Photo: Eric Stone
Photo: Eric Stone
Photo: Eric Stone
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Flight of the Hornbill
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living room of the dead
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Flight of the Hornbill "Brilliantly capturing the lone-man-on-a-mission archetype that has been Dick Francis's forte for so many years, Stone puts to good use his knowledge of the horrifying treatment of women in a violently male-dominated society and turns out a heart-stopping ending. Not for the easily frightened."
   —Library Journal (starred review)

"Stone's fine third thriller to feature PI Ray particularly notable for its steamy Indonesian setting."
   —Publishers Weekly

"[Flight of the Hornbill, Stone's] third outing (Grave Imports, 2007, etc.), written with panache and attention to evocative detail, recalls at its best the work of Ian Fleming."
   —Kirkus Reviews

"Much more than a mystery, Flight of the Hornbill is a study of the dysfunction of human relationships in a territory that is harshly unforgiving of weakness. Think Somerset Maugham dragged screaming into the zeitgeist and writing like Ross Thomas at the very top of his game."
   —Ken Bruen, author of Cross and Priest

"Eric Stone captures the full splendor and squalor of Asia's heart with this finely wrought, magnificent novel."
   —Cornelia Read, author of The Crazy School

"Eric Stone's Flight of the Hornbill brings forth the best of its genre but scarcely stops there. Reading it comes to feel like what it must be to walk alongside its wry and complicated hero, Ray Sharp, on a shimmery Indonesian night: as you turn the pages, you can feel the heat on the Jakarta air, taste the rice wine, sense the tug of a malaria fever dream. The riveting, twisty story keeps the pages turning, but we are rewarded time and again by the haunted characters who populate Stone's Indonesia: melancholy expats, canny and kind hustlers, and most of all Ray himself, world-wise but never world-weary, blurry with desire, stricken by doubts and ballasted by his own keen and expansive morality."
   —Megan Abbott, author of Edgar-winning Queenpin

"Thick with atmosphere, rich in characters and lightning-fast pacing. This is a terrific read."
   —Tim Maleeny, author of Beating the Babushka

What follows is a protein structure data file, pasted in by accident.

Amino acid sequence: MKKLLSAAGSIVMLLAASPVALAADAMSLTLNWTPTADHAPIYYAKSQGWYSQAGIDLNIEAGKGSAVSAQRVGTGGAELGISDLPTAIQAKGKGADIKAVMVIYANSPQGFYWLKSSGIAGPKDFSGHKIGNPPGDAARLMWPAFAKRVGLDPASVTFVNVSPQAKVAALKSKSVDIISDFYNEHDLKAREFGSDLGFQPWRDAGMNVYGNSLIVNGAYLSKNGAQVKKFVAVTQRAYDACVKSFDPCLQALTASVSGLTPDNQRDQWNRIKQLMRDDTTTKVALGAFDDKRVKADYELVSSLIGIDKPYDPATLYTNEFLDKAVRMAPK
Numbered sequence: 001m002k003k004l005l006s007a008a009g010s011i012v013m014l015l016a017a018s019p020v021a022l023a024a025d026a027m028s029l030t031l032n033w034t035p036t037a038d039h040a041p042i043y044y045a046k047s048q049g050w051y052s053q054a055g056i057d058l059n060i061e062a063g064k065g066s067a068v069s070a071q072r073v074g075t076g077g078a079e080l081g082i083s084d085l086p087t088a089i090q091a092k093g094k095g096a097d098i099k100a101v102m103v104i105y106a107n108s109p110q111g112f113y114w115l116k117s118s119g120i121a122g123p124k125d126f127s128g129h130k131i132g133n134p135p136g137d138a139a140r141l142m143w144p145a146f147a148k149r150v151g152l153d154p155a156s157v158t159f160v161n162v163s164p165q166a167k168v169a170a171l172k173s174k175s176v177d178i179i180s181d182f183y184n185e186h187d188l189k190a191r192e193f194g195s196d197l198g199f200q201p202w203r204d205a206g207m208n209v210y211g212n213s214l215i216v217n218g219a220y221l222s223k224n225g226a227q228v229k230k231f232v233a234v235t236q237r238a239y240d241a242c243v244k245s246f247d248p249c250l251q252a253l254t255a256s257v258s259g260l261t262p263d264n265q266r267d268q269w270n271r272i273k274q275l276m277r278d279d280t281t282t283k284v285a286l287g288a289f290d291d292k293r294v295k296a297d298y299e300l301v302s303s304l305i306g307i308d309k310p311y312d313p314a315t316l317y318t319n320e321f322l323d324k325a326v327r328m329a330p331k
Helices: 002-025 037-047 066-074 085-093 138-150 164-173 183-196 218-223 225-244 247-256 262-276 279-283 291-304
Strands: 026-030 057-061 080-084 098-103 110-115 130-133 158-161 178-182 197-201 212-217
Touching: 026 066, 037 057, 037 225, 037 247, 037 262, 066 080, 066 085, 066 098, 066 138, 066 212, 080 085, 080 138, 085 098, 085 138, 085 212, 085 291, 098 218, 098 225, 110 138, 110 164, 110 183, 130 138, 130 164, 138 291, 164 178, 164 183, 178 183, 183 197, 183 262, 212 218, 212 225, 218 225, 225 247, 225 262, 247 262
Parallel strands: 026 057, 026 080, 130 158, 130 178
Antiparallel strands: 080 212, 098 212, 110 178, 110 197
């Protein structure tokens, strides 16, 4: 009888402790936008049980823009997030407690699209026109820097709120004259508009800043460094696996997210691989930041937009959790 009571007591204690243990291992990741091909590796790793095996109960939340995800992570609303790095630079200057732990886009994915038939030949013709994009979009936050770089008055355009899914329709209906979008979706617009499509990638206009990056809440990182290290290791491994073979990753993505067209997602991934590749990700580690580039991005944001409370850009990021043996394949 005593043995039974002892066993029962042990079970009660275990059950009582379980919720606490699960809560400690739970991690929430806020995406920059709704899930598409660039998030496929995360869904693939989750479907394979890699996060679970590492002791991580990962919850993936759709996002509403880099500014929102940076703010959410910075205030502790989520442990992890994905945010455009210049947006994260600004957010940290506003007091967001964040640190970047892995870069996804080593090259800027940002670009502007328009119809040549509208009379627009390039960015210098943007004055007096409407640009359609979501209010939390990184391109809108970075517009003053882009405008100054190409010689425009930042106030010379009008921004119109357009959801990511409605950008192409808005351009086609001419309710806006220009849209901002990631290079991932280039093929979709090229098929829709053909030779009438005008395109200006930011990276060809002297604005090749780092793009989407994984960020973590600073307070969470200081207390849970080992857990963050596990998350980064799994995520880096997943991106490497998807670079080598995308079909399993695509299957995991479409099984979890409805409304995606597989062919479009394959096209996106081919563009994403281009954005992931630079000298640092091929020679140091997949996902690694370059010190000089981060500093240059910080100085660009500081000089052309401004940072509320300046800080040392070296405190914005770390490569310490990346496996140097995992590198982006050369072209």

"Rich in atmosphere, intrigue and eroticism, Flight of the Hornbill recalls the best of Graham Greene in its ability to transport us to cloying, sinister climes we can smell and taste... Stone knows of what he writes and his authority comes through on every page, giving this thriller not just a propulsive pace, but suffusing it with the weight of authenticity; of hard-earned and world-weary experience of the sorry depths of human wickedness in pursuit of wealth."
   —Craig McDonald, author of Edgar, Anthony and Gumshoe nominated Head Games

"Eric Stone's Flight of the Hornbill is a lot of fun. What distinguishes Stone's novel is the great sympathy his hero has for the street people he meets, and his large appetite for danger and romance. Read this book and you'll get hooked on Eric Stone's off beat series."
   —Robert Ward, author of Four Kinds of Rain

"There is never a dull moment in Eric Stone's novels...the setting is exotic, the story is exciting and the descriptions of the food and the people add a lot to this very interesting tale."
   —Patricia Reid, (read the full review here)

"What makes this all work so wonderfully is not just Stone's familiarity with the region. He takes a real scandal (the Bre-X gold fraud of 1997) and makes it his own. He takes Ray Sharp, a man all too aware of his frailties and flaws, and uses those flaws to bring the reader fully into Ray's world. While not always a pretty place, it is a place that Ray loves; we learn more about why he loves it in each book. Ray knows he makes lousy choices in women; he still chooses, and lives with those choices. Ray knows the culture he walks through is corrupt; he walks anyway, doing his best to make it a little better."
   —P.J. Coldren, Reviewing the Evidence